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Searching the term “grapple” and “diverter” (separately) will turn up hours of reading, well worth the time.
 

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I would not be without a grapple. That said I have 16 acres of overgrown unkept property that I am cleaning up.

Since you already have pallet forks, my recommendations would be Frontier, Everything Attachments, and CTA.

You will need to add a third function to your tractor / loader. The most popular solutions are the Artillian and W.R. Long diverter kits. I believe that KenndyD sells a diverter kit and you won't get any better customer service than you'll get from him.

I would not recommend the non-hydraulic "alternatives". I would use another method before spending money on a lesser implement.

A grapple at first look appears expensive. If you have a significant amount of property / trees / debris to deal with, they are well worth the investment and a valuable addition to your tractor.

If it is a one and done project, your loader bucket and pallet forks can get the task done. You can also just use a rope or chain. I have skidded many piles of brush with a basic tractor, ATV, or gator. Lay all the limbs the same way across a piece of good rope. Tie a loop in the end, pull the other through it. When you pull it will tighten and off you go. You can then use the loader to push everything into a pile.

Years of skidding brush like I described is why I jumped on the chance to get a grapple. I get a lot of pleasure watching it crush a pile of brush and effortlessly carrying it off to its final resting place in a burn pile.

Another advantage to the grapple is as you build the burn pile, you have pre-compacted the brush. You get a really dense pile that makes for a great bonfire.
 

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Everything Attachments makes a fantastic grapple for SCUTS, the Wicked 55"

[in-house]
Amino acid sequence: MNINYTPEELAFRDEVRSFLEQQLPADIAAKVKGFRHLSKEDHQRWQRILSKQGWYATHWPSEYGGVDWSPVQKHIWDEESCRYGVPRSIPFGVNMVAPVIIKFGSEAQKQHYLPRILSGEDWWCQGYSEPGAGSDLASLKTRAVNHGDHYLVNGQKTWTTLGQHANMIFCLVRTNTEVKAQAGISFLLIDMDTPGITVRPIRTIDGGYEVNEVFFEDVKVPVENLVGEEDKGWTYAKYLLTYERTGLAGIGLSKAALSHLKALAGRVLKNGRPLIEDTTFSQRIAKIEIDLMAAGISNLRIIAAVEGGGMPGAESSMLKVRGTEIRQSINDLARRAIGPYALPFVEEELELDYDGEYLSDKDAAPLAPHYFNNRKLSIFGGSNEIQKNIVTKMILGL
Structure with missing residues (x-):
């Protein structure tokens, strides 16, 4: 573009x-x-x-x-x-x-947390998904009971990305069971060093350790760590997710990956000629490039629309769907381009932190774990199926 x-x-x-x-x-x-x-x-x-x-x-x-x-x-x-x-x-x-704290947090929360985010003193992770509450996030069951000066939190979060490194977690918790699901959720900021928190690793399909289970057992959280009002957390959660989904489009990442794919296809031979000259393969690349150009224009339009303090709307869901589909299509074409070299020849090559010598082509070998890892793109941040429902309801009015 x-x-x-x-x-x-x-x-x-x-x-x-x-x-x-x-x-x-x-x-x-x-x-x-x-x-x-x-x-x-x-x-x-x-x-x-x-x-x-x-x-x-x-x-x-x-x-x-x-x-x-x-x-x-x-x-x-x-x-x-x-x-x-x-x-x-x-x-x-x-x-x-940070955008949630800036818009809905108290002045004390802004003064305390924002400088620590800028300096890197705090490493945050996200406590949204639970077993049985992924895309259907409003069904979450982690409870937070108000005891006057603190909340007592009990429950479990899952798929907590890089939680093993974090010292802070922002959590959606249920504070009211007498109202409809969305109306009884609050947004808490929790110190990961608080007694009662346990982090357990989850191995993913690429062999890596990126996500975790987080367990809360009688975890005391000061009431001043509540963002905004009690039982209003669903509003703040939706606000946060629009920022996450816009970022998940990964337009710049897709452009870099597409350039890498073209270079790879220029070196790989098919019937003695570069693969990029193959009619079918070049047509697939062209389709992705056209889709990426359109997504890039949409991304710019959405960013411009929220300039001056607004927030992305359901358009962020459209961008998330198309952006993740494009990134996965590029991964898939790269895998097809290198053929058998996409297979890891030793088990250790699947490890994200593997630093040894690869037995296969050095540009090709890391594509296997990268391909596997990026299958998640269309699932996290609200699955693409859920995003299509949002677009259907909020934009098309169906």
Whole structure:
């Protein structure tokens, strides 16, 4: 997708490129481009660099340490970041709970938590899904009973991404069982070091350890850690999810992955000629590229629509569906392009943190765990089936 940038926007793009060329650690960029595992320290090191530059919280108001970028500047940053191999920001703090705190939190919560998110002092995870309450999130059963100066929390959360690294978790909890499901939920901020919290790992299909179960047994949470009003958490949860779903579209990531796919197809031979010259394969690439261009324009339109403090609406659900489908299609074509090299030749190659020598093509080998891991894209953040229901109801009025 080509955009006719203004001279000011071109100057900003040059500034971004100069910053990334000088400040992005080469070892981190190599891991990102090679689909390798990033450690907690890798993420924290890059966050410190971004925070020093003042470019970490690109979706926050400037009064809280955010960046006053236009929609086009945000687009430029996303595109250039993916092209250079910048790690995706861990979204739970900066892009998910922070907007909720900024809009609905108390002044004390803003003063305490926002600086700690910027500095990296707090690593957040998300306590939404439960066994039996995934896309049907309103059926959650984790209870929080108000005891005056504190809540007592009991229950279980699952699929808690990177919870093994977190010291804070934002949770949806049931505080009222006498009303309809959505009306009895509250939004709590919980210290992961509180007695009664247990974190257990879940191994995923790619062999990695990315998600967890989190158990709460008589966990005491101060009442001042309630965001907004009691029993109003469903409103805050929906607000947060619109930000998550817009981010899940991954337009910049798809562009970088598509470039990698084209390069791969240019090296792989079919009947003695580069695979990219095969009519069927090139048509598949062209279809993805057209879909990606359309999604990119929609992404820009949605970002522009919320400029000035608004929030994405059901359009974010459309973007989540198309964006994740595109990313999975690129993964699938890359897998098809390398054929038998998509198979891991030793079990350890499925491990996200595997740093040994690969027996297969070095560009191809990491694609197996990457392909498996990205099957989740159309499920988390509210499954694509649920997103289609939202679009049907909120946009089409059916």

What does this quote from their website mean:
NOTICE
Root rake top lid is designed for raking loose material backwards and not intended to pry or pull embedded objects such as roots or stumps.
 

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It means you can damage the lid and/or the hydraulics if used improperly.
 

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There are numerous videos...utube has them from Goodworks Tractor. To outfit one on your tractor you may need over $2000. If the photo you show is your clean up area you do have a big job. I've got a 1025r but my grapple is on my JD4400 with more power and clearance. I kinda looks like your area needs logging and you'll have tons of stumps. Be safe.
 

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But it's called the "wicked root grapple". Is the idea you use the lower jaw for roots?
Yes, that is where the strength and leverage is at.

The lid and hydraulics are designed to apply downforce pressure to secure the load. Some can be used for back dragging light / loose debris. I use the lower tines for this and only use the lid to grab the pile.

This is pretty standard for most grapples, especially the ones designed for SCUT/CUT tractors. Get into the skid steer level and then you get some heavy duty grunt.
 

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One MAJOR issue is that when the valve is in mitral, the ports are blocked and there is no relief valve in play. If you push with the lid, thereby moving the cylinder, you can very easily overpressurized the lines and the work ports of the valve, it can easily spike to many thousands of pounds over the max pressure rating of the components.